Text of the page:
Seema Mustafa is one of the most popular South Asian print and television journalists. She is known for championing the cause of Muslims in India against systematic state oppression. Currently, she is the Editor-in-Chief of The Citizen, a digital newspaper she founded. Seema has authored four books so far, one of which is a co-authored one.
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“But strangely enough, I find all my identities under threat today. As a woman, as a journalist, as a Muslim, as a secularist, as a liberal and even as an Indian because the Idea of India as envisaged by those who led the struggle for Independence, and enshrined in the Constitution with all its guarantees and its protection, is under threat.”
A fascinating account of an audacious woman’s journey and a rapidly vanishing way of life, Azadi’s Daughter is both a personal memoir and a political commentary. Journalist Seema Mustafa writes evocatively of the secular, pluralist India of the 1960s and ’70s, chronicling her life as a Muslim woman born into the nationalist, progressive Kidwai family in Lucknow. As a child, her life was untouched by communalism, and even as she realizes that this was not the case for many, her book is a testament to the syncretic nature of secularism, in which a staunchly Muslim household was not limited to conservative interpretations of Islam.
Seema Mustafa incisively charts the events which have slowly begun to erode this tolerant, diverse ethos—the government’s handling of the Shah Bano case in the 1980s, the demolition of the Babri Masjid in the 1990s, the mass arrests and torture of Indian Muslim youth in the aftermath of the 9/11 bombings, and the Gujarat riots of the 2000s. She also examines the current state of secularism where people face marginalization and the threat of violence merely for exercising their right to religion, to livelihood and even to what they eat.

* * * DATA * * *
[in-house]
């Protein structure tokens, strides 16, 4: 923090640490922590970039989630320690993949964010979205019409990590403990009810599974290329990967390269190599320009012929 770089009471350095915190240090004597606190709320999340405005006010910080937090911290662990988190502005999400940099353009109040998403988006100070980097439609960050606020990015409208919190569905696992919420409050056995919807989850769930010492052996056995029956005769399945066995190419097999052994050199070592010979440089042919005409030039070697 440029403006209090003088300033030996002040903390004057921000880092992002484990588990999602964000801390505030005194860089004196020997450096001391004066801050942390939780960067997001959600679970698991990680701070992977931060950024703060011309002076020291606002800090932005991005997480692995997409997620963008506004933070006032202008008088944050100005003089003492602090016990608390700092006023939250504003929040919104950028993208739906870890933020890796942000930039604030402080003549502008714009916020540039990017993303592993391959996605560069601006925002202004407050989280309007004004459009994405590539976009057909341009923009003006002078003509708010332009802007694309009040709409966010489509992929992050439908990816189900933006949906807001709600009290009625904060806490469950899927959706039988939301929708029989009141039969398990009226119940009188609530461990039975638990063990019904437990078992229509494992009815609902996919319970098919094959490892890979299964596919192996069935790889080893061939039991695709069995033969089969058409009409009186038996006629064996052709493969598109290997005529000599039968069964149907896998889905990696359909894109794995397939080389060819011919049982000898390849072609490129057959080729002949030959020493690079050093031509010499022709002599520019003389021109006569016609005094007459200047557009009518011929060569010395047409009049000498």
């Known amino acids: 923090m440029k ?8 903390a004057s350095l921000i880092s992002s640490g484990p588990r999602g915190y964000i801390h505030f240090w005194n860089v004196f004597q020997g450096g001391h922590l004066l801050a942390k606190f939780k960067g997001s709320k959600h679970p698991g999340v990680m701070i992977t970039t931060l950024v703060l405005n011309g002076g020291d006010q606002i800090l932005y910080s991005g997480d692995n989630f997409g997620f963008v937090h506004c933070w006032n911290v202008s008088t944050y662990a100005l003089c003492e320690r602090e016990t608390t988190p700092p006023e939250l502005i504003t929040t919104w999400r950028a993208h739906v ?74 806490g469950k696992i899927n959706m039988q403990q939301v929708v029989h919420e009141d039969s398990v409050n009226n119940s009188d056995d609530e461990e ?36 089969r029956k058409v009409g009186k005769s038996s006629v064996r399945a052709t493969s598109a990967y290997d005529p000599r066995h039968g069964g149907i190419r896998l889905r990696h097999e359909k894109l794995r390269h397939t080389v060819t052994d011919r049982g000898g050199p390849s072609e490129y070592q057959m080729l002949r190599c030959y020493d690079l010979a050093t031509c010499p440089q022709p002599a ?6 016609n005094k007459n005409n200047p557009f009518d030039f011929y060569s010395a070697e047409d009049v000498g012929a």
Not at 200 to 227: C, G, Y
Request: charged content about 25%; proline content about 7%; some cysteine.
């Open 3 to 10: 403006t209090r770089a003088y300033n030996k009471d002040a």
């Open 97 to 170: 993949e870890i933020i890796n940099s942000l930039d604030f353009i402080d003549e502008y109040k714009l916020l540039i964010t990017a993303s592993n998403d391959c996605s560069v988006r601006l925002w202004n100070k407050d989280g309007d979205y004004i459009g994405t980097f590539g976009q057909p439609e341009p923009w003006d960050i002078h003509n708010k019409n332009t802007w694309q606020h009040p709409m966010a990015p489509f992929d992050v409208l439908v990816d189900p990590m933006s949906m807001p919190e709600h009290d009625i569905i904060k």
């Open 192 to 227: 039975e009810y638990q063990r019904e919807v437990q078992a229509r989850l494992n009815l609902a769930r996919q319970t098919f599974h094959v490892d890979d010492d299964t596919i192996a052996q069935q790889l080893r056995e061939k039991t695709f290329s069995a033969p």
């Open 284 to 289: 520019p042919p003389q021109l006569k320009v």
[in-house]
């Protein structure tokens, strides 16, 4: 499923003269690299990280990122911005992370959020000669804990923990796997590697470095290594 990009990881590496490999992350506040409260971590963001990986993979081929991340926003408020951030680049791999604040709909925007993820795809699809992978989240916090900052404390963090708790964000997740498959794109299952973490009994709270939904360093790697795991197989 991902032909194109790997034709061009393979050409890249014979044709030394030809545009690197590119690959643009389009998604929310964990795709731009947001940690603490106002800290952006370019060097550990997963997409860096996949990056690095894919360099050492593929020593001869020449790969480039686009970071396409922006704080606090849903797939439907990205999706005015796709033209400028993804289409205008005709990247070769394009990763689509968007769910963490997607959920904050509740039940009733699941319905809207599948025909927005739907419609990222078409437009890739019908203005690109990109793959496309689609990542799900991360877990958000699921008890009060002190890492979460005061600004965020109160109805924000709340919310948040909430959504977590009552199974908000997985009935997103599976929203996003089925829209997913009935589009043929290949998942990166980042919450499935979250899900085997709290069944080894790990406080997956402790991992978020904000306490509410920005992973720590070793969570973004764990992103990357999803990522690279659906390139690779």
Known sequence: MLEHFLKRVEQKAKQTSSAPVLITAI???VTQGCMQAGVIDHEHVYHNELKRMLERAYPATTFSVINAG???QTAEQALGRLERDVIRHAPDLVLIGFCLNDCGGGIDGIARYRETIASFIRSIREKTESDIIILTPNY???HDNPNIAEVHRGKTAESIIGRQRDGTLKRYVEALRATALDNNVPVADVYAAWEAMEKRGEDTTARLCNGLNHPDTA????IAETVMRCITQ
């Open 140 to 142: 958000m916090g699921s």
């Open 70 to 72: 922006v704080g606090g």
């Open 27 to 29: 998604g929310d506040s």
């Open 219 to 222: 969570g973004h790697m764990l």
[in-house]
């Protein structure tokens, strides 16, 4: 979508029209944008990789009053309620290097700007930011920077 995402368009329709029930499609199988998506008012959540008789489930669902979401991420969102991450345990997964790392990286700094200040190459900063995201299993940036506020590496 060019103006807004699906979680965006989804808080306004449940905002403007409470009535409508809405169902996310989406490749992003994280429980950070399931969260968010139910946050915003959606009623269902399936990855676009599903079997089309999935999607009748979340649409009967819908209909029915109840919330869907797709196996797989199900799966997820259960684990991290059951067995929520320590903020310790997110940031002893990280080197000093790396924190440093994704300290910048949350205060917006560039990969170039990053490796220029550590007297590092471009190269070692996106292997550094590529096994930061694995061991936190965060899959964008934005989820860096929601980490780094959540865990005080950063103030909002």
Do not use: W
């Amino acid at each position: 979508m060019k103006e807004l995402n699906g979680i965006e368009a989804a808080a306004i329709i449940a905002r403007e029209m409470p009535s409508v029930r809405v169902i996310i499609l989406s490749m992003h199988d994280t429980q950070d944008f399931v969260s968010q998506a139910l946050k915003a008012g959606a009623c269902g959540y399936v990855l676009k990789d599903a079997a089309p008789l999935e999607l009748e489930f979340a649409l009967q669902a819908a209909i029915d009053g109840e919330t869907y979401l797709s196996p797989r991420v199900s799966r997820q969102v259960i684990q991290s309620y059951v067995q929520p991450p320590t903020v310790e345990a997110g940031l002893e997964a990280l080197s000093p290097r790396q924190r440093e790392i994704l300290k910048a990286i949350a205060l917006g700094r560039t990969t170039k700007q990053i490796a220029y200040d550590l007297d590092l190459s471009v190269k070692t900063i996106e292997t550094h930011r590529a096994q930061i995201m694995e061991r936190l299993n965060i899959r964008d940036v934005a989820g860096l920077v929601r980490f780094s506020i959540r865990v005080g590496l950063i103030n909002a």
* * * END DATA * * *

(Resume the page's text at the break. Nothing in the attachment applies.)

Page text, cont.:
This book should set to rest lazy assumptions about Indian Muslims, and women in particular. Even as it highlights the dominant concerns of Indian Muslims—security, employment, education, housing—it also underlines their abiding faith in Indian democracy and its pluralistic ethos. A memoir that defies old assumptions and prejudices, Azadi’s Daughter is an important account of Indian Muslims in the modern world.
Publisher: Folio Books
Publishing date: July 2018
Edna Fernandes was born in Nairobi to parents of Goan origin and grew up in London, where she lives. She was special correspondent for Britain’s Mail on Sunday newspaper, foreign correspondent for the Financial Times and political correspondent for Reuters. Her first book, Holy Warriors: A Journey into the Heart of Indian Fundamentalism, was a finalist for UK’s 2008 Index on Censorship Award and was nominated for the Ramnath Goenka Excellence in Journalism Best Book Award. Her second book, The Last Jews of Kerala, was shortlisted for the 2009 Crossword Book Award and was a Sunday Times Travel Book of the Year.
Karl Marx, a communist revolutionary, sociologist, historian, and economist was born on May 5, 1818 in Trier, Rhine province, Prussia. Also inspired by Hegel, Marx gave the philosophy of ‘Historical Materialism’, according to which, a person should view history dialectically, viewing the changes in material conditions as the means of influence on the society. In ‘The Condition of the Working Class in England’, ‘Communist Manifesto’ and ‘Das Kapital’, his views against capitalism found clear expression. Published in collaboration with his colleague Friedrich Engels, Marx differentiated communism from numerous other socialist movements in these books. He presented the struggle of the working class under the rule of the bourgeoisie and gave ideas for social reorganization and unification of the proletariat against capitalists. His strong views and ideas inspired communism and socialism, the two revolutionary theories which deeply affected the world socially, economically and politically. He died on March 14, 1883, in London, England.
Vijay Prashad is a professor of International Studies at Trinity College, Connecticut. He is author of fifteen books, two of them picked by the Village Voice as books of the year, as well as nine edited volumes. He writes regularly for Frontline (India), The Hindu (India), BirGün (Turkey) and Alternet (USA) and appears regularly on The Real News Network and Democracy Now. He is the Chief Editor of LeftWord Books (New Delhi). Strongmen is his first ever edited book published by a Pakistani publisher, Folio Books.
Abdelilah Bouasria is a visiting professor of Arabic studies at the Monterey Institute of International Studies in California. He worked for three years as a journalist at Voice of America in Washington DC and one year as an Arabic teacher and a Spanish test developer at the Defense Language Institute in Monterey, California.